Scaling Down To Drive Adoption

This video is number twelve of the Zero Trust Authentication Master Class series.  


I'm Jasson Casey with Beyond Identity, and you're still watching. So now let's talk about scale. So there's two parts of scale that we're going to talk about, scale-down and scale-up. So scale-down really is more about...let's say you want to try this out, but reasonably so, authentication is a critical part of your business, right? 

Your workforce depends on being able to successfully log in every day to get their job done, effectively, to help you make money, assuming you're a business as opposed to a government, but still, you want your people to be able to log in successfully every time they try it. So when you try a new technology, you don't want to try a technology that forces itself upon everyone in your organization right at one go, right? 

You need an ability to kind of start small, check things out, get comfortable with it, not just from a technology perspective but from an operational perspective. So when we talk about scale-down, that's really what we mean. And there's a couple of different patterns that have emerged there, and we'll just kind of talk about how we support that. And here we go. So just to remind everyone, like, every organization has some constellation of applications that, you know, your happy little workers need to access.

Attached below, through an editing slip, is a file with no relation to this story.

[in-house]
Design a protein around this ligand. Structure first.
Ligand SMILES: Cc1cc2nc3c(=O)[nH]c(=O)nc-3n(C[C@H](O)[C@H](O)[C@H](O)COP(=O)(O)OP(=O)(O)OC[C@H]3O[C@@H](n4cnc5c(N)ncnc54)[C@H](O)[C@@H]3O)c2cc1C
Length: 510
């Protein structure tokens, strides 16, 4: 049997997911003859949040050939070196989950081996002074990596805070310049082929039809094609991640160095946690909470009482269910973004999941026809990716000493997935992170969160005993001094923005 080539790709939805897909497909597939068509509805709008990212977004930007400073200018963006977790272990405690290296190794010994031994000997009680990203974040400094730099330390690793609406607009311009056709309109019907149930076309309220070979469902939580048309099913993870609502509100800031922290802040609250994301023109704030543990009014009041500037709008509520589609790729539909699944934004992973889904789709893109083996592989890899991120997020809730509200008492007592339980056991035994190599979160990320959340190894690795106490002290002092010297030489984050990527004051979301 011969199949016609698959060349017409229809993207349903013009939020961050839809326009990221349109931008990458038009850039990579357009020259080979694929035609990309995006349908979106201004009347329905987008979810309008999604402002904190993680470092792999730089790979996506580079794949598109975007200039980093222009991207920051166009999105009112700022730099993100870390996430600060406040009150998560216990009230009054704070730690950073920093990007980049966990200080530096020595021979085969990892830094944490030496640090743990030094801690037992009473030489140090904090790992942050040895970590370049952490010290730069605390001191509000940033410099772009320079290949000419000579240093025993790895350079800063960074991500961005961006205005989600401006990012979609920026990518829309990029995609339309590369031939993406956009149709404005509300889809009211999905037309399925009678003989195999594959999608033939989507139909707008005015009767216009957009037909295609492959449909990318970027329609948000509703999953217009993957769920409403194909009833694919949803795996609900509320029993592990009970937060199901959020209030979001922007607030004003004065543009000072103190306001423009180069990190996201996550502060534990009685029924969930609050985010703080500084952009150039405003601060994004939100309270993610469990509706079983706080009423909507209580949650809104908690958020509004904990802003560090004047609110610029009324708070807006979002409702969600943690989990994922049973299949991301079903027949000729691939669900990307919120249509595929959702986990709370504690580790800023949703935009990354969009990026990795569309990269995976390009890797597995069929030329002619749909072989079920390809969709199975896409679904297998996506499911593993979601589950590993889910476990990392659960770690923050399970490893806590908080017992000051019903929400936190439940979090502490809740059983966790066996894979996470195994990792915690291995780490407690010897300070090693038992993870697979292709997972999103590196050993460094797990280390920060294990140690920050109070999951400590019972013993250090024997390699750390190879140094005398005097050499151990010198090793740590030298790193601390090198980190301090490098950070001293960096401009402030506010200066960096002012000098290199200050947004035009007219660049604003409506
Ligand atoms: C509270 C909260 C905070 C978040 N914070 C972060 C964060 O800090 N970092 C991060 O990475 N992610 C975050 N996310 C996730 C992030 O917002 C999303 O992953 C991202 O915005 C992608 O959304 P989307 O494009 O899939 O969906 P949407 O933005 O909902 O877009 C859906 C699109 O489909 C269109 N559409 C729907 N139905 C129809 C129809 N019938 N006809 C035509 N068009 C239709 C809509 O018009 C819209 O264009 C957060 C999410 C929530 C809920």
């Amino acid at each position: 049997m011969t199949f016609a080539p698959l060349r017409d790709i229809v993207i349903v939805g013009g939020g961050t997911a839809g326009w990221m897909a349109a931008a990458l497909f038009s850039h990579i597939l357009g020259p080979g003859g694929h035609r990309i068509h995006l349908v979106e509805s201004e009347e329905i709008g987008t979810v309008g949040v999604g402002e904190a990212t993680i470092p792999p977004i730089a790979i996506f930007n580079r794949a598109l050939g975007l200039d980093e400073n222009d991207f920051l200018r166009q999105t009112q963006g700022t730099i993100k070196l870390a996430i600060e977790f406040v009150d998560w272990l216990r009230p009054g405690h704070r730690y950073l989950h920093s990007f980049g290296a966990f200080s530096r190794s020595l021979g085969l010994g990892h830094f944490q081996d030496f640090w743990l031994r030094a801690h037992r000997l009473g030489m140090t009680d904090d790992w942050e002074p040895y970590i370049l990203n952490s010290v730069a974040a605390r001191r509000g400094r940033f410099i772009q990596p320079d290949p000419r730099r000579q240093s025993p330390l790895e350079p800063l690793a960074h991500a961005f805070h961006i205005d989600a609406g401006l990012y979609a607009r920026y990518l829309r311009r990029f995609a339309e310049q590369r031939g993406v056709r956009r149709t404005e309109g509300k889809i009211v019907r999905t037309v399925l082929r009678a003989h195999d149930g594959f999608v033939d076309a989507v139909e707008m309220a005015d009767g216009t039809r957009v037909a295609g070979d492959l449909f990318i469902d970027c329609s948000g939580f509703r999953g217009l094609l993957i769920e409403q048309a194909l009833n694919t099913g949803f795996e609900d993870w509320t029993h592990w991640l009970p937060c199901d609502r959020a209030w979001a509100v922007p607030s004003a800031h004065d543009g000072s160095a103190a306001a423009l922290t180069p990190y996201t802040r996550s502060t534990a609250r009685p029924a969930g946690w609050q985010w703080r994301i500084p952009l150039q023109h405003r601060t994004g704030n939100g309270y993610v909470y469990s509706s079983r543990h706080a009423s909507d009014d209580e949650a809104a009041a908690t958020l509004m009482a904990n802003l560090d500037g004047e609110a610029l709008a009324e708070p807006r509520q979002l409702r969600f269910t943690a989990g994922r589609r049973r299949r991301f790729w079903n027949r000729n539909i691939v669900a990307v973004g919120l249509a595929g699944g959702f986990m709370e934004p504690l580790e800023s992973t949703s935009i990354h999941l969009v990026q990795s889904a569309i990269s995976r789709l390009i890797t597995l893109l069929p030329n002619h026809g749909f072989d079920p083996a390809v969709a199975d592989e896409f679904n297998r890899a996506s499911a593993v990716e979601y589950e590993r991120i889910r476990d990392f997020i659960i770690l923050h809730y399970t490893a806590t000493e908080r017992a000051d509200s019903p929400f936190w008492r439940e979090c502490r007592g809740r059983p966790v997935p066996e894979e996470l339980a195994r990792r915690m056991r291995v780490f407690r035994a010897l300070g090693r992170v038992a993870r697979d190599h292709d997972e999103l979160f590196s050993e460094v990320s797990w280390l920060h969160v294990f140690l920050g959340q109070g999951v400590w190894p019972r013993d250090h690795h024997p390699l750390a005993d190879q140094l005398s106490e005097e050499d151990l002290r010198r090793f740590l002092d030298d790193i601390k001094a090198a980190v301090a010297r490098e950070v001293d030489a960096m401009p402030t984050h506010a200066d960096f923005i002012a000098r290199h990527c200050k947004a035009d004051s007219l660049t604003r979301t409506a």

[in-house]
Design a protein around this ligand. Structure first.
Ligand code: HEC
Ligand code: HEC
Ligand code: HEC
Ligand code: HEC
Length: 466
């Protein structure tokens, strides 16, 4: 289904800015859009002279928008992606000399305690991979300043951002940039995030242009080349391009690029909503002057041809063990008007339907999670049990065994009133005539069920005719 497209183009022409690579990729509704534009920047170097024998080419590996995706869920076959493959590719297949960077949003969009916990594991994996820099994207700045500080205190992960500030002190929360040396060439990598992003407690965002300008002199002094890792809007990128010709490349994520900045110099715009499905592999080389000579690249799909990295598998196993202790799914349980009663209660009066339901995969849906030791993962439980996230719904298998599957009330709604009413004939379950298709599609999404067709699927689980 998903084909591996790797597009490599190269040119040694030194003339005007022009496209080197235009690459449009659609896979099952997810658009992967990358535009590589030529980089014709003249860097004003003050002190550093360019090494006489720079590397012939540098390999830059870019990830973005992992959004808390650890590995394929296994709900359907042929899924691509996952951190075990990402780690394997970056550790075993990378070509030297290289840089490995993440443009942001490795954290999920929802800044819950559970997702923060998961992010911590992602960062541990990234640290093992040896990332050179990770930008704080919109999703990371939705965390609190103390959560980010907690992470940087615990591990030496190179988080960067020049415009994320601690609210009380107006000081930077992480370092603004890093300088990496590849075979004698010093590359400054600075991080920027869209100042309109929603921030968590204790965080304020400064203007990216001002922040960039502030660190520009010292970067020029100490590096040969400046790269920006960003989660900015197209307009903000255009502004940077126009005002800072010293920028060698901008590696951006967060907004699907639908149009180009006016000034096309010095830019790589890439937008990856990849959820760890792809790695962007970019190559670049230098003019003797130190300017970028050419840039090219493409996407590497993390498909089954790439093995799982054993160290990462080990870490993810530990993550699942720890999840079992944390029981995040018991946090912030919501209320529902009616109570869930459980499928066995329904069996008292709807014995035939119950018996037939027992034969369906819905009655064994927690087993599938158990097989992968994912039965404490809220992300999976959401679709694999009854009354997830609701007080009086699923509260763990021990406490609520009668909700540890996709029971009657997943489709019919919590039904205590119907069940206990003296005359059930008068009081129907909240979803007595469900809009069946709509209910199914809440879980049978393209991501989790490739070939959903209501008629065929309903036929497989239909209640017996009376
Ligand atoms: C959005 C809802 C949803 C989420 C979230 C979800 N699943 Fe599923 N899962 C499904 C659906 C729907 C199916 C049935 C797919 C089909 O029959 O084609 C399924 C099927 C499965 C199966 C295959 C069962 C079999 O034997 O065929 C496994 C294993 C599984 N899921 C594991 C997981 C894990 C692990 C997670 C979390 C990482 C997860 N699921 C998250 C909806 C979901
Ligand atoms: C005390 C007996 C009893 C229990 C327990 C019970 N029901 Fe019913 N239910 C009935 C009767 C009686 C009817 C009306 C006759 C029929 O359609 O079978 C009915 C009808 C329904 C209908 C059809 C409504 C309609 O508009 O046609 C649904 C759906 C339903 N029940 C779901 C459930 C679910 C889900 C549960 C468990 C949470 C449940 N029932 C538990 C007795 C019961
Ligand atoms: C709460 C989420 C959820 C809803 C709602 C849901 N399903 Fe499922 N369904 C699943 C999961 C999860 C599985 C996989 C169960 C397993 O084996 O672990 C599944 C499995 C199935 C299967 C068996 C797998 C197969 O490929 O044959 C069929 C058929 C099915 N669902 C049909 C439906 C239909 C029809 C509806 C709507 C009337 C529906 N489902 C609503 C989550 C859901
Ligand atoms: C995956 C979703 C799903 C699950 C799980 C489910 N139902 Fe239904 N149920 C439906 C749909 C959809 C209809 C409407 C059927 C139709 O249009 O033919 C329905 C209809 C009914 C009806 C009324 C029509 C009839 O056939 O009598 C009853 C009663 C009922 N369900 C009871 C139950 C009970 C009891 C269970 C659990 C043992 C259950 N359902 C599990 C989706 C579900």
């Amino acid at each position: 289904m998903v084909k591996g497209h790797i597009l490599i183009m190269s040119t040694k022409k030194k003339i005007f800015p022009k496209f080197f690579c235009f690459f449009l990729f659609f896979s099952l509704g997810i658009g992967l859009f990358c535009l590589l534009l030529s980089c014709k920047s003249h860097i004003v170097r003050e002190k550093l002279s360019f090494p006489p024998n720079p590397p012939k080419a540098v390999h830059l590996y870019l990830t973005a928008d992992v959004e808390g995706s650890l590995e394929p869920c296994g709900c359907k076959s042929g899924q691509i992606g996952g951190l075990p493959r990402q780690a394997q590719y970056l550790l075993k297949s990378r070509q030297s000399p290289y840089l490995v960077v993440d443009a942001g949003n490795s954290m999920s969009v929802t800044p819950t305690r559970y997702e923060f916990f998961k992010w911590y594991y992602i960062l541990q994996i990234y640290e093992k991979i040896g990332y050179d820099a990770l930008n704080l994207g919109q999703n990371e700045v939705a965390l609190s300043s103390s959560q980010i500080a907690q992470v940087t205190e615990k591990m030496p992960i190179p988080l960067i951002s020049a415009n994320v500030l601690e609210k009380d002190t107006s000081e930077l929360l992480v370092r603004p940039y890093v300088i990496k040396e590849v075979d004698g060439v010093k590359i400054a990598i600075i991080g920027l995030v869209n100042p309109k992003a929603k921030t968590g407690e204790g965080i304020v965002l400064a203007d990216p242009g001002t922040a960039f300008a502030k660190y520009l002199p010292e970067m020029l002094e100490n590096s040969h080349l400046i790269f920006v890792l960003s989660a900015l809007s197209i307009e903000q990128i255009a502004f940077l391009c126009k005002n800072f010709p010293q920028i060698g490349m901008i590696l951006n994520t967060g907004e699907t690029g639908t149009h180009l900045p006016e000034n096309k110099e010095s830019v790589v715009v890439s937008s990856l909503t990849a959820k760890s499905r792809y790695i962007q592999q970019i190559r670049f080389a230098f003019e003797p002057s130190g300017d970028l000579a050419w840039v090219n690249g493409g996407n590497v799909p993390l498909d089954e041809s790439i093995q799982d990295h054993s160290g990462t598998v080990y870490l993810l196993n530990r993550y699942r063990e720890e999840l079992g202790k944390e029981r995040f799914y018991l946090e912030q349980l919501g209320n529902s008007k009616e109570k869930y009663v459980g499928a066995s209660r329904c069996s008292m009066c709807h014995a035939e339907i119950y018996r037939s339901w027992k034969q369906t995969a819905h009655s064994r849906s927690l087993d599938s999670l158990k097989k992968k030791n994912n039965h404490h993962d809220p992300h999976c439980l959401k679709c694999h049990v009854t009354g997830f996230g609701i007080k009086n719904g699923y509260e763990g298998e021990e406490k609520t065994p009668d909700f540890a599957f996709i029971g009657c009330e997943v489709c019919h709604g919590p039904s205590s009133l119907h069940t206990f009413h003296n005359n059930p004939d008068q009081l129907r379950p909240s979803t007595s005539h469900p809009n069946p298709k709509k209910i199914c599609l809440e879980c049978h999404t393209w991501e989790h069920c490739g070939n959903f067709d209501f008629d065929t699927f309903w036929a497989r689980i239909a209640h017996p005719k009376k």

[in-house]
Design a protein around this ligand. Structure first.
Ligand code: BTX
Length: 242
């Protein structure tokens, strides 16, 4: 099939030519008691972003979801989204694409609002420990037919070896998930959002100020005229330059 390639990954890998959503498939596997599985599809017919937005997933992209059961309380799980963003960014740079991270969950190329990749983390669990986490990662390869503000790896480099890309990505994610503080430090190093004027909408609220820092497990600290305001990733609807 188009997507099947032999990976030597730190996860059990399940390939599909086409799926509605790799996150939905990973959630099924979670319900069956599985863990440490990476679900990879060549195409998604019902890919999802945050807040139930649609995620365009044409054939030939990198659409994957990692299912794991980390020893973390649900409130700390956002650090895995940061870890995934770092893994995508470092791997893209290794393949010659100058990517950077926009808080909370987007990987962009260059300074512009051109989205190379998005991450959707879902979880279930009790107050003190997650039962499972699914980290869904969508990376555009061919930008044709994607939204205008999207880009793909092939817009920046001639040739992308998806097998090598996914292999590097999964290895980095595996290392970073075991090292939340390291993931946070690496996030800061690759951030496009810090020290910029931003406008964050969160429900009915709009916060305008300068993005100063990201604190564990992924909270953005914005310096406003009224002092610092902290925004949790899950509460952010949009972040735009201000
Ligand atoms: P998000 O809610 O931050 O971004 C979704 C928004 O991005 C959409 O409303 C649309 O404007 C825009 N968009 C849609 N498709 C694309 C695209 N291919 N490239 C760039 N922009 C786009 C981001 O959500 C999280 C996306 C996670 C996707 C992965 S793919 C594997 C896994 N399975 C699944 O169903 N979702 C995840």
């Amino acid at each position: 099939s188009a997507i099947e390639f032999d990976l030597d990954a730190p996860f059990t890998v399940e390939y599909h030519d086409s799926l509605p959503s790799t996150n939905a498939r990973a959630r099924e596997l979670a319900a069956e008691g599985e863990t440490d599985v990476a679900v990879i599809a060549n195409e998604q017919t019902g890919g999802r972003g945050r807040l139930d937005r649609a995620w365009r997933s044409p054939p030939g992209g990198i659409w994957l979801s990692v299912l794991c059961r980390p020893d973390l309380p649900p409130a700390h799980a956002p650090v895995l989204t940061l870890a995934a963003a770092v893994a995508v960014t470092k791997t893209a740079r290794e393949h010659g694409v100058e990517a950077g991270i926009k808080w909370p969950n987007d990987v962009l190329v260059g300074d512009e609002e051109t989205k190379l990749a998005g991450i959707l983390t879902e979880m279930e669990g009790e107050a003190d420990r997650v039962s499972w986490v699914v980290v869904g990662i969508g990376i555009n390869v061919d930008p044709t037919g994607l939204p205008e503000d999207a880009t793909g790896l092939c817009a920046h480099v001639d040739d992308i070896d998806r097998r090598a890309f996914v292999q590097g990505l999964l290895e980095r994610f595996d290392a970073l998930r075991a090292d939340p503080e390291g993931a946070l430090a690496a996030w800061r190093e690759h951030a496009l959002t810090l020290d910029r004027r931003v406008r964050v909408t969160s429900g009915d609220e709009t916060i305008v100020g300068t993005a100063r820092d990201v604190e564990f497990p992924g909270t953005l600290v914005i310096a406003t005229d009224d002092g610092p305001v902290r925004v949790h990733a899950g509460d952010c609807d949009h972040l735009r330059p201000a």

Oh, I might have drawn it off-screen. And you know, they're all coming to these apps, right? And so these apps can be things like Slack. They can be things like O365. It's just your cloud apps or even premise apps, for that matter. 

There's almost always, behind these apps, some form of IDP, right? So some trade names that I'm sure you've heard of, Okta, right, Azure AD, Ping, ForgeRock, etc., right? And then there's probably an identity directory. 

And maybe this directory is kind of really part of this whole complex, and this is kind of where all the information of your people live. There is a federation between these applications and your IDP, usually in two different ways. So the first way, right, this is the delegated authentication protocol. 

It could be SAML, could be OIDC, could be, like, a form of OAuth plus some legacy API calls, could be WS-Fed. There's actually a couple of different ways that you can kind of integrate there. But then there's also usually some form of identity lifecycle protocol that's happening up here, right? And the most common protocol that you may know about is called SCIM, right? 

It's kind of an out-of-the-box protocol that every time you add an employee in here, the protocol will propagate and makes sure these applications know how to handle that employee the next time that employee tries to log in. There's also another flavor of it called Just in Time. Again, I cannot smell... 

I can smell, but I can't spell. So Just in Time. And Just in Time is the idea that, well, maybe I don't have to tell this application when I added a new employee. The application is always going to come back to me when someone tries to log in, and if I have someone new, then I'm just going to say yes. And so the Just in Time rule is anytime someone authenticates and it's the first time the application has seen it, construct that new user in the application. 

So a lot of applications use this JIT style. The downside with JIT is it's not full lifecycle. So when we say full lifecycle, remember, you know, we have birth, right? A new employee came into the system. We have, you know, mutation. So mutation is, like, the employee with a third arm, the employee has a change in privileges, a change in rights, that sort of thing.